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Rob on the road Thursday, 9 May, 2002, 16:24 GMT 17:24 UK
Pay as you drive
Car club member Piers Calascione
Piers Calascione is very happy with the scheme
Persuading motorists to give up their cars is proving a difficult task for the government.

Ken Livingstone's plan to charge people driving into London is doing little for his popularity.

A common complaint from drivers is that the public transport network doesn't offer a viable alternative.

But as I travel round the country, it's obvious that more and more cities are in danger of grinding to a total halt.


Manchester, Bristol, Southampton - they all seem choked with traffic for much of the day.

In fact, at one Bristol factory I visited, workers left off at 3.30pm to beat the rush hour.

So it's appropriate that the city is home to a transport scheme that is growing fast.

Car clubs are springing up all over the UK - there are now about 40.

Annual fee

The idea is that the club owns a number of cars and members pay an annual fee which allows them to book a vehicle for when they need it.

Computer booking
Bookings can be made online
It might be an hour or two, it could be for a whole weekend. Bookings can be made by telephone or online.

Members then pay 2-3 for each hour they use the car and 15-20p a mile, which includes petrol.

Piers Calascione is a wedding photographer with five children. He wanted to ensure his family always had use of a car but wasn't sure how to meet his own needs.

He considered a second car, hiring a vehicle and even buying one jointly before opting for the car club.

Business expense

"It's a cost I can set fully against tax as a business expense, it's reliable, it's efficient and the booking online works very well," he says.

"You have to change the way you think about cars and what they are for. I'm not really interested in the business of status and ownership - I'm interested in getting from A to B.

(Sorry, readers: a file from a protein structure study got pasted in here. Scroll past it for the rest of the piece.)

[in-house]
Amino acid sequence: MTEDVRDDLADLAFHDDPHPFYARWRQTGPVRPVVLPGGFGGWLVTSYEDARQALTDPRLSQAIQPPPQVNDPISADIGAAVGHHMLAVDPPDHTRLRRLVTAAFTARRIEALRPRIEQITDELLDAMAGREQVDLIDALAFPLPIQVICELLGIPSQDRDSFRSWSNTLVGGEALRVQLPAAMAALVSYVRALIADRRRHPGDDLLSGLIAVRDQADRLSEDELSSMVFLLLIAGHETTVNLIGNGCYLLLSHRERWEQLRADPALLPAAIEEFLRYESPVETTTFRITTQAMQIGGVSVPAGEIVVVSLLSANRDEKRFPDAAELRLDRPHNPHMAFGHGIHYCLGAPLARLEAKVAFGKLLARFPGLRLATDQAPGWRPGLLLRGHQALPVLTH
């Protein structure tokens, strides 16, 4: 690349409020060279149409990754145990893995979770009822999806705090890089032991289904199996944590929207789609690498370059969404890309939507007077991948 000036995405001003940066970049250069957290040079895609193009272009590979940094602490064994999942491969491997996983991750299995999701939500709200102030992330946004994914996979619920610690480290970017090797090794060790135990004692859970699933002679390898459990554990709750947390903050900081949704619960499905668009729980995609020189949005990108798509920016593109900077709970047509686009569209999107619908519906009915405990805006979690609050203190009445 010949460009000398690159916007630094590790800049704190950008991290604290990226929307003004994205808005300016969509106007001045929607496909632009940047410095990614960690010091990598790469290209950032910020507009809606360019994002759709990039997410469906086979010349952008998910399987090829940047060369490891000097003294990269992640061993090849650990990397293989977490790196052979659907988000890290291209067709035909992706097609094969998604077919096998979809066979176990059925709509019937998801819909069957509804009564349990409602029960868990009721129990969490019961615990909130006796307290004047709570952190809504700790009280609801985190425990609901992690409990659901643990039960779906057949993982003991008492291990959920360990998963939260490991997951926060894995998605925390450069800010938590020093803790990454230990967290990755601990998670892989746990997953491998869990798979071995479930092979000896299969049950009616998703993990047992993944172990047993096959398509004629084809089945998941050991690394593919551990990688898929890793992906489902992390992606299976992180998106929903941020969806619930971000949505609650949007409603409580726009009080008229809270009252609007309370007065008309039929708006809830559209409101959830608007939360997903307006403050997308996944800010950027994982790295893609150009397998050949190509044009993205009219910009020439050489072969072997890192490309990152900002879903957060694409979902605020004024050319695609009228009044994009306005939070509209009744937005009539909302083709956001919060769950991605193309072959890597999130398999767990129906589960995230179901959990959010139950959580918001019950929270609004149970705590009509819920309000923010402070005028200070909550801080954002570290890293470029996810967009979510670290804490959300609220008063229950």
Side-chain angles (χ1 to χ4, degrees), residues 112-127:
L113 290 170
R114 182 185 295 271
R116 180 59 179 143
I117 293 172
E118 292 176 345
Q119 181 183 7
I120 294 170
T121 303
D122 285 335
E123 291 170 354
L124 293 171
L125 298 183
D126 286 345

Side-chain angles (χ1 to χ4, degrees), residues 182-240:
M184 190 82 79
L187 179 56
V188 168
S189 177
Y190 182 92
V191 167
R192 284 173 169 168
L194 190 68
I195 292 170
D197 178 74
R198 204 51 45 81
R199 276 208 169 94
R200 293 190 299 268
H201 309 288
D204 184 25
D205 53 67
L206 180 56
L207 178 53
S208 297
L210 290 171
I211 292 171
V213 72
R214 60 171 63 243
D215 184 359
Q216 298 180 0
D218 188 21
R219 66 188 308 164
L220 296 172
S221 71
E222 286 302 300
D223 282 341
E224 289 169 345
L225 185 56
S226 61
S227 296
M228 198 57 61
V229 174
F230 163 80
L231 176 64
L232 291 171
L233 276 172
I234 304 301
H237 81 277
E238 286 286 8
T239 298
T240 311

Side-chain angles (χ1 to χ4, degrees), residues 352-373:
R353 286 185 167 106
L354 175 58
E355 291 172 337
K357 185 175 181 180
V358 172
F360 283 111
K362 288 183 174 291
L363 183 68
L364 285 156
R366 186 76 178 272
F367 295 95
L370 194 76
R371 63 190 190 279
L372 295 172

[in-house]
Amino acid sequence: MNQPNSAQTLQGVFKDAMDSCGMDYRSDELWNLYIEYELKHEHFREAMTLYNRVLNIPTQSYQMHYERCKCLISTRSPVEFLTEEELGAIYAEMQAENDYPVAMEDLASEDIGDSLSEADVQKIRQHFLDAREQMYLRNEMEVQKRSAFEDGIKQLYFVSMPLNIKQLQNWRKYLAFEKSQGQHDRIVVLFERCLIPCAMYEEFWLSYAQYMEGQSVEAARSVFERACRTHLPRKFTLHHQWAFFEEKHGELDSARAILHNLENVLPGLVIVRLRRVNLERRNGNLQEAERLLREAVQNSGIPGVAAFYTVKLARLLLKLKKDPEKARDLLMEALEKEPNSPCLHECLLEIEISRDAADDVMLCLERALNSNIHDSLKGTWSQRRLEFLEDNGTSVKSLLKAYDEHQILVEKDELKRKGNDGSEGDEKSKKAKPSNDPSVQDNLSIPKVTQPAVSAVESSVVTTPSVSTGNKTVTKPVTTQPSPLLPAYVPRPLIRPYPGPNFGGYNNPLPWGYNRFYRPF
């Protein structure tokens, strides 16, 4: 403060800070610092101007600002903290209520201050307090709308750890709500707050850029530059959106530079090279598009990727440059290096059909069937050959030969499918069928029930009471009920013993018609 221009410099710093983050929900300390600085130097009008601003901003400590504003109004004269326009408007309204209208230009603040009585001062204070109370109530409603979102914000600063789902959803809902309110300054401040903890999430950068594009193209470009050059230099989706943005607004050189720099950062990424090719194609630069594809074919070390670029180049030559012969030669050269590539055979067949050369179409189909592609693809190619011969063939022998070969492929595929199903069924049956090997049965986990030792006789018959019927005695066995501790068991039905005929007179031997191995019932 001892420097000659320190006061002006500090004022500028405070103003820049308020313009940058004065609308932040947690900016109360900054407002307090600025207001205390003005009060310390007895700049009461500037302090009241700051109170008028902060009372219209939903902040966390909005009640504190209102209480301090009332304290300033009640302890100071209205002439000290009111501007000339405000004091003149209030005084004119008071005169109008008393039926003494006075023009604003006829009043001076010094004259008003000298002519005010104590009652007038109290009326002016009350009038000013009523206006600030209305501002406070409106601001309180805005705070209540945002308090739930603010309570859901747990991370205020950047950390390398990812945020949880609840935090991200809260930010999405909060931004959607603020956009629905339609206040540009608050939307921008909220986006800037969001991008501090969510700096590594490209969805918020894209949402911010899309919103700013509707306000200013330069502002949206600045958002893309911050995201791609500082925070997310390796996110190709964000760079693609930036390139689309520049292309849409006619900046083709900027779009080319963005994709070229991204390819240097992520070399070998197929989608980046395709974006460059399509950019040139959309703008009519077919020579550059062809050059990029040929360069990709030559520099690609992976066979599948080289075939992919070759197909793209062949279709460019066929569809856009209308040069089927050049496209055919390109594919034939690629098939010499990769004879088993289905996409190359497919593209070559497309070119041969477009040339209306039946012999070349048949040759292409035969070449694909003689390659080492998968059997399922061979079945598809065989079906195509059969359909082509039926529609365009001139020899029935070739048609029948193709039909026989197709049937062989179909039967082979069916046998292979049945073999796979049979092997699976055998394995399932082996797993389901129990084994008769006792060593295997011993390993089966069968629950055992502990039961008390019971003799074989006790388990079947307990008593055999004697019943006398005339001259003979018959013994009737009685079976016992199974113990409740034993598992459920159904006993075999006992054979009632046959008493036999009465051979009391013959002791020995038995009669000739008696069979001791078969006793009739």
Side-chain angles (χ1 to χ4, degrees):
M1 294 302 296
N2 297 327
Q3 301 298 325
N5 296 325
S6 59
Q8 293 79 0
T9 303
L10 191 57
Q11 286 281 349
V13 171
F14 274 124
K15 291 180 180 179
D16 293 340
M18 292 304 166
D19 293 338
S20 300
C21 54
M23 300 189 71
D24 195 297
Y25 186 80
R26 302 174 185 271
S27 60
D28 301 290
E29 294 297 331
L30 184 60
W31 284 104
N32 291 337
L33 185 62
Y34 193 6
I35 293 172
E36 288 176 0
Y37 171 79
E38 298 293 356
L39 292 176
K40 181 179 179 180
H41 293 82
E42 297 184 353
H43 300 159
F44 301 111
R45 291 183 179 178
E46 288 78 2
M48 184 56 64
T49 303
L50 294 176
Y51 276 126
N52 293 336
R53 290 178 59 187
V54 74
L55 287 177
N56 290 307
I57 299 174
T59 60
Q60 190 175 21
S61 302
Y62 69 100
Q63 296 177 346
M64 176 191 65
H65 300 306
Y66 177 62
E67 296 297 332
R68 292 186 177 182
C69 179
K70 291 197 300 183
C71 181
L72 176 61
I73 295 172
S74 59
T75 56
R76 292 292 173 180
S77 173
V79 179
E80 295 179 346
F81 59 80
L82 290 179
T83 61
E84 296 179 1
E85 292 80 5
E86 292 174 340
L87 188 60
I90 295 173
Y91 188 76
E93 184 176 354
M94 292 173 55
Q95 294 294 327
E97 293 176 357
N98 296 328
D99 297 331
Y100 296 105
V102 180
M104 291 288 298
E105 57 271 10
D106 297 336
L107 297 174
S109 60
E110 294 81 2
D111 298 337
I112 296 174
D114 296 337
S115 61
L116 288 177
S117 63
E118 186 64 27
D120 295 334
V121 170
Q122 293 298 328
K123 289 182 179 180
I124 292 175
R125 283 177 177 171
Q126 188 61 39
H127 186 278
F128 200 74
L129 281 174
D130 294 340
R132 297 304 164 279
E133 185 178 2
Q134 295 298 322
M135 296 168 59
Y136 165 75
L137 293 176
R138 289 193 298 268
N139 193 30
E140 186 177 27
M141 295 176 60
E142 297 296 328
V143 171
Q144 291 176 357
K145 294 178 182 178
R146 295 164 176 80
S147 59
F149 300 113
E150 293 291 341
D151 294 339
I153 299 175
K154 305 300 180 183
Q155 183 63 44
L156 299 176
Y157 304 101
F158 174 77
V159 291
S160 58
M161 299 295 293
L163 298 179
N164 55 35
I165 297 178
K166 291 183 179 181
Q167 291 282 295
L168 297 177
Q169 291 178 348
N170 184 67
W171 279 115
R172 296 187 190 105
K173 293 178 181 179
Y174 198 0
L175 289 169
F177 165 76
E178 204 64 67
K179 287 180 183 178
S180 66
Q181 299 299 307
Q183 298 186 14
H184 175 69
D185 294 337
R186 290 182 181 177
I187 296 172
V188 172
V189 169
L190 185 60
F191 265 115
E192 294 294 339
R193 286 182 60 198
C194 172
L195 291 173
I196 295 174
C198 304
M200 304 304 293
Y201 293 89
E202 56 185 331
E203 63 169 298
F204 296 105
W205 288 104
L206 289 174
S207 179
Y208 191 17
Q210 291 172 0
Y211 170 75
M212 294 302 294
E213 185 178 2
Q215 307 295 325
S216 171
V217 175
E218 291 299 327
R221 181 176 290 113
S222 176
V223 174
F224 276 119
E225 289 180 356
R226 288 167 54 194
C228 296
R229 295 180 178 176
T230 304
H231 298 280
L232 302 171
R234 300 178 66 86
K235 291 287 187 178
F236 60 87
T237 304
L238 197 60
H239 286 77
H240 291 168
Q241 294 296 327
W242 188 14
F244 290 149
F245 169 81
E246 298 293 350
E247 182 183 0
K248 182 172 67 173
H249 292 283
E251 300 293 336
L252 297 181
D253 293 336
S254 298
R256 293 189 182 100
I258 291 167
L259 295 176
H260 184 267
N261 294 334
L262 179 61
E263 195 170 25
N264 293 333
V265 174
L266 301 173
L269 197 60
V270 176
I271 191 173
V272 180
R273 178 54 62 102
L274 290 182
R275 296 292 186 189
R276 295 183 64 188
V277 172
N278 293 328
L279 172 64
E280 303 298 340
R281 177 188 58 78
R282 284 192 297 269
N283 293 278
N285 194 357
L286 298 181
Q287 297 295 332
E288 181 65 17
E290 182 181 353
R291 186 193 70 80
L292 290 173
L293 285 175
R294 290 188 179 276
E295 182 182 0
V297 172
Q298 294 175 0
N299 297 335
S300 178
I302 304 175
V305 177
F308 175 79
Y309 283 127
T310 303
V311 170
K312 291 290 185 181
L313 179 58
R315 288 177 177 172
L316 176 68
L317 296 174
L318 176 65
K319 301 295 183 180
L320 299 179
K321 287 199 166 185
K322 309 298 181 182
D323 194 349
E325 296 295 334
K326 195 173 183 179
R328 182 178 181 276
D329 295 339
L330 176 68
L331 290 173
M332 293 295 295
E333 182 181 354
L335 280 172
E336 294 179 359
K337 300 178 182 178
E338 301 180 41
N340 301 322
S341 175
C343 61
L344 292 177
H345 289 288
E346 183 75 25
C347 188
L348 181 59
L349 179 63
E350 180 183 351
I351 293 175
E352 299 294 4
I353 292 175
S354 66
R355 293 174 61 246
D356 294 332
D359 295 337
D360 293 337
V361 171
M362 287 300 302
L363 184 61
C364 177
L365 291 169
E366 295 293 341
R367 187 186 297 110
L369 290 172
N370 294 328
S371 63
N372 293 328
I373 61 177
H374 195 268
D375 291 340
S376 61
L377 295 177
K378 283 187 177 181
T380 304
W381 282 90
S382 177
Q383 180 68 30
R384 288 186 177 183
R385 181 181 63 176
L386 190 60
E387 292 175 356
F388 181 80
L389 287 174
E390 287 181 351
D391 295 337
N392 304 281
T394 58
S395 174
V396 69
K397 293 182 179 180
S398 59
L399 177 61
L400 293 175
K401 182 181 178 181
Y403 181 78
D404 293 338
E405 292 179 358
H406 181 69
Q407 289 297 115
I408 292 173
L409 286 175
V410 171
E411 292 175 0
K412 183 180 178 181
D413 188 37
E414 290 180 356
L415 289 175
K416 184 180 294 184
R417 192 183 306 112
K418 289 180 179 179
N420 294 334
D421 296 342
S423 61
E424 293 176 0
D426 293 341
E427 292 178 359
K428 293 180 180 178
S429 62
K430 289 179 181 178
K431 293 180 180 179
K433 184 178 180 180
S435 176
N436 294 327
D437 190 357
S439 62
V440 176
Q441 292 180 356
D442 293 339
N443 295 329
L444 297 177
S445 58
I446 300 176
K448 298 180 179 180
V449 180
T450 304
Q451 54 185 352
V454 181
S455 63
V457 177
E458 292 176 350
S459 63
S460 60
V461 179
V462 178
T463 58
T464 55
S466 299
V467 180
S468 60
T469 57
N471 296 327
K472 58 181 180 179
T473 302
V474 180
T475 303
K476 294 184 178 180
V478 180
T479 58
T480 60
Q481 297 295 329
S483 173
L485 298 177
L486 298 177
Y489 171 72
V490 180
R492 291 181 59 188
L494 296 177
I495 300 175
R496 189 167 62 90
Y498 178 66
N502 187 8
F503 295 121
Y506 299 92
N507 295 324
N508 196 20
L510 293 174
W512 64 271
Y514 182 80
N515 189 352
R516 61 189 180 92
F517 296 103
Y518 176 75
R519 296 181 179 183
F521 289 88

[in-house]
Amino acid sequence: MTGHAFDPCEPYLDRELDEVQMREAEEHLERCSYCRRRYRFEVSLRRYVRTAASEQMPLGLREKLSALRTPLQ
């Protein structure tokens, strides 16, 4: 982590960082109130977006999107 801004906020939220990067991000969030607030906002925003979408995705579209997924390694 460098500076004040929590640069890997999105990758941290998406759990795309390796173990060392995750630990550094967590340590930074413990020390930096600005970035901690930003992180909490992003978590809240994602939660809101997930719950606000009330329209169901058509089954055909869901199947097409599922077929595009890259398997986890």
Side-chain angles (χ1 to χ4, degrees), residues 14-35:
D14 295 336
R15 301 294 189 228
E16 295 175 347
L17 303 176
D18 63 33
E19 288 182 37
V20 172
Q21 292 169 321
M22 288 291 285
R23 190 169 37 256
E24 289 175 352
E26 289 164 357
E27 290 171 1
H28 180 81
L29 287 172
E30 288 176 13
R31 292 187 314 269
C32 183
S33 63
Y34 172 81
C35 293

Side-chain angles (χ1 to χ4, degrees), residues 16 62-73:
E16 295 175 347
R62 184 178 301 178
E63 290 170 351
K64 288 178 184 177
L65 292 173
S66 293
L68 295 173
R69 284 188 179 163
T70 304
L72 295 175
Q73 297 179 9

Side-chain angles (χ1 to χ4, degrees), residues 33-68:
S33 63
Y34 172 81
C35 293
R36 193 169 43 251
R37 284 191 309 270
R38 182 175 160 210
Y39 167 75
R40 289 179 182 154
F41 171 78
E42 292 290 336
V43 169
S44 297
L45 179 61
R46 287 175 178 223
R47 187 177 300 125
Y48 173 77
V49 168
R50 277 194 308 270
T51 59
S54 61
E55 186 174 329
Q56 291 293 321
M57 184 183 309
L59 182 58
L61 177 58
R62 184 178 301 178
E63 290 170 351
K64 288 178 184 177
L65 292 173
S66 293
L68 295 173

Piers with safe
The key is kept in a safe near the car
"The costing of this scheme works out to be a far better deal than hiring a car. At the end of the day it works on the wallet."

The Bristol club has 50 members and four cars. It was set up in conjunction with the local council and the Bristol Community Car Clubs Association (BCCCA).

It's managed by Smart Moves, a non-profit making company which helps set up schemes and provides software and booking systems.

The concept comes from Europe, where such schemes are long established.

More walking

Research has shown that the existence of car clubs can lead to fewer new cars being registered and an increase in cycling and walking.

"We're about 10 years behind the Continent, where there are huge clubs, particularly one in Switzerland with over 40,000 members," says Iris Eiting of Smart Moves, who manages the Bristol scheme.

"That's what we're aiming for in Britain."

The AA calculates that the cost of running a small car can be as much as 2,700 a year.

Kate Geary
Kate Geary: It does change habits
Petrol and maintenance adds up to another 14p for every mile you drive.

But car clubs aren't just about providing hassle-free motoring.

If you use the cars a lot you could find it's not much cheaper than having your own.

It's as much a way of encouraging people to rethink their transport requirements and cutting out unnecessary journeys.

"People have to stop and think 'I have to make a booking, I have to walk five minutes down the road to get a car', so it does change people's habits a little bit," says Kate Geary of the BCCCA.

It might be some while before car clubs are as widespread in the UK as they are in Europe, but there couldn't be a better time politically for them to take off.

Car club member Piers Calascione
"It's a good solution to Bristol's problems with traffic congestion"
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